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Why Walker -- and Wisconsin -- Won

June 06, 2012

By Michael Allegretti

The Wisconsin recall election is a defeat for public-sector unions, but a win for everyone else – taxpayers, Republican and Democrat, who have been footing the bill for special interests that play by a different set of rules. In restoring fiscal solvency and preserving public services, Gov. Scott Walker’s win strikes a blow for effective and vigorous government, putting to rest the frequent charge that conservatives hate government and want it to fail.

On the contrary. Thanks to Walker, government might now succeed in Wisconsin.

Walker scored a victory in a struggle that extends far beyond Wisconsin. States across the nation are seeking to restore the social contract between public workers and taxpayers.

Until now, public workers – organized into massive bargaining units through their taxpayer-funded unions – have essentially dictated the terms of their employment to the taxpayers whom they were supposed to serve. Wisconsin’s collective-bargaining process allowed generations of public workers to extort unsustainable pension and retiree health benefits, arcane work rules and other carve-outs that a private-sector worker couldn’t even imagine.

Tuesday, Wisconsin voters said enough. The urgent need to resolve the state’s fiscal crisis, tied to unsustainable public-employee costs, united citizens, regardless of party affiliation. Of course, Walker’s opponents – led by the state’s public-sector unions and affiliated national groups – didn’t see it that way. They tried to portray the governor’s actions, like restricting collective bargaining and requiring public workers to contribute more to their pensions, as a right-wing assault on unions and government services. But we now see that Wisconsin voters didn’t buy it.

For one thing, they understood Walker’s key point. The state’s $3.6 billion budget deficit, Walker insisted, posed a mortal danger to continuing public services. Either the state’s public employees could agree to make substantial changes to the way that they negotiated future labor contracts, bringing their terms of employment more in line with those of private-sector employees, or the state would have to cut vital services—likely accompanied by tax increases.

Wisconsin voters chose to support fairness among all types of workers. Even more, they chose to defend their quality of life by saying no to service cuts.

In this time of economic hardship, Wisconsinites rightly expected everyone to do his or her part to help put the state back on track. It became increasingly clear to residents that their public workers’ unions cared more about their own agenda than the state’s welfare. This intransigence allowed Walker, the incumbent, to present himself as the candidate of change.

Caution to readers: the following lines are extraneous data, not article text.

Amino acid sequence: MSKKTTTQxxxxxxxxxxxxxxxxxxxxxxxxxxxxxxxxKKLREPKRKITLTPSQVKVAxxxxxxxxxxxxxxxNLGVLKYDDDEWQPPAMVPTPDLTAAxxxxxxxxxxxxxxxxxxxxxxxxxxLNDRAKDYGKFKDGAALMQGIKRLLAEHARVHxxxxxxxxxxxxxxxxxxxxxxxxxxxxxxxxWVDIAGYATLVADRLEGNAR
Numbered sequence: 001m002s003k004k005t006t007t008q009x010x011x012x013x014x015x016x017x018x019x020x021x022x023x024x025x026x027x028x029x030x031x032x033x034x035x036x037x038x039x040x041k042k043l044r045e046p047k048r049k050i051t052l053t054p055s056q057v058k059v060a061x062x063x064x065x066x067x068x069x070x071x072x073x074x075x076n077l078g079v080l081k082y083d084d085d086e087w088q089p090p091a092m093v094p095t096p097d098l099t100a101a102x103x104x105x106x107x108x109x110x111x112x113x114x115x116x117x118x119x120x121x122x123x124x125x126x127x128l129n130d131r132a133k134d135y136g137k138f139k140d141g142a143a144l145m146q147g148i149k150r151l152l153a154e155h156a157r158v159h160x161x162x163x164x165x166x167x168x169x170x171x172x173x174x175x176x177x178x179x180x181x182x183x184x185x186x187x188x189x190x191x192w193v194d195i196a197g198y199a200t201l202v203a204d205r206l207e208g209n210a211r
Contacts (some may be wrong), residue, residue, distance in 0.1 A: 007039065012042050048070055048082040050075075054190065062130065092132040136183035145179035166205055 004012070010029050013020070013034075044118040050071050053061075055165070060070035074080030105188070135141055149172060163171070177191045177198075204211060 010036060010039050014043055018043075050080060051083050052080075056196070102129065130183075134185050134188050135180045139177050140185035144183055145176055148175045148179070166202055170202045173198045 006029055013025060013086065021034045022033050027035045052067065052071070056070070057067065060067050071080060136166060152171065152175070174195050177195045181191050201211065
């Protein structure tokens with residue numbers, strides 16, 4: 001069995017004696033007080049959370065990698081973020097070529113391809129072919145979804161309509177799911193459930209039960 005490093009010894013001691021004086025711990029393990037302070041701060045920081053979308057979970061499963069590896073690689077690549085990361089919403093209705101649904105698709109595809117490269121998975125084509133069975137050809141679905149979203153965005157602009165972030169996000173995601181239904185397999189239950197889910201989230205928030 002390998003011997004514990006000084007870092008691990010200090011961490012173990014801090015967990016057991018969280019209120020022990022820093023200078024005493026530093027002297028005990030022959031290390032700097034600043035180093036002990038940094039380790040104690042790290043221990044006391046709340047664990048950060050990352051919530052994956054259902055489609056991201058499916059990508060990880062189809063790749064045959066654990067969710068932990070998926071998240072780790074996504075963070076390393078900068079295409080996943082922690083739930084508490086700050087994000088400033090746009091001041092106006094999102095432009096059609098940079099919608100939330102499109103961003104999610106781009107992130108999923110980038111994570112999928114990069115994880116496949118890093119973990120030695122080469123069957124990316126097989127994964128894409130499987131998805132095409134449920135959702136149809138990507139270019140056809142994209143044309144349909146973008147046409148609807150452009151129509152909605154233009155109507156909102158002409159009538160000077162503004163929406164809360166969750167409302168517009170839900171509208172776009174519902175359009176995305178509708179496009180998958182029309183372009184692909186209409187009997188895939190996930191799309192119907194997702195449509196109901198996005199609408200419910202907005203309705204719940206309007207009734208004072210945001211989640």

Walker also helped shape this narrative. Shortly after the recall was announced, he established three clear criteria on which the relationship between public workers and taxpayers should be evaluated: equity in employment benefits and burdens between public and private workers; the preservation of core government services for all Wisconsinites; and—linked to both these goals—the improvement of the Badger State’s economic competitiveness.

Like Rhode Island’s general treasurer, Democrat Gina Raimondo, who often referred to "truth in numbers" as she led a successful bipartisan movement to overhaul the state’s ailing public-pension system, Walker explained his reforms more in terms of math than politics.

First, he demonstrated quick wins which his reforms had already produced, such as the fact that the Kaukauna Area School district had moved from a $400,000 deficit to a $1.5 million surplus, so it could hire additional teachers and cut class sizes. Wisconsin residents began to understand that these changes could mean more money for schools, libraries, parks and health care – not less.

Walker also pointed to examples from near-state rivals to support his message. He cited, for example, Illinois, a state with the nation’s largest unfunded pension liability. Walker warned Wisconsinites of an equally dire future if his reforms were jettisoned mid-stream.

Conversely, he looked to thriving Indiana — where Gov. Mitch Daniels had rescinded collective bargaining rights for public employees in 2005. Walker argued that his reforms would work – as Daniels’s had — if they were allowed to take hold.

Walker’s agenda was implicitly positive. Proponents of the recall movement, meanwhile, revealed themselves as guardians of an old order — one favoring one class over the rest. With unemployment stubbornly high, wages depressed and an economic malaise hanging over the nation, Walker offered a new choice.

And Wisconsinites took it.

Original Source:



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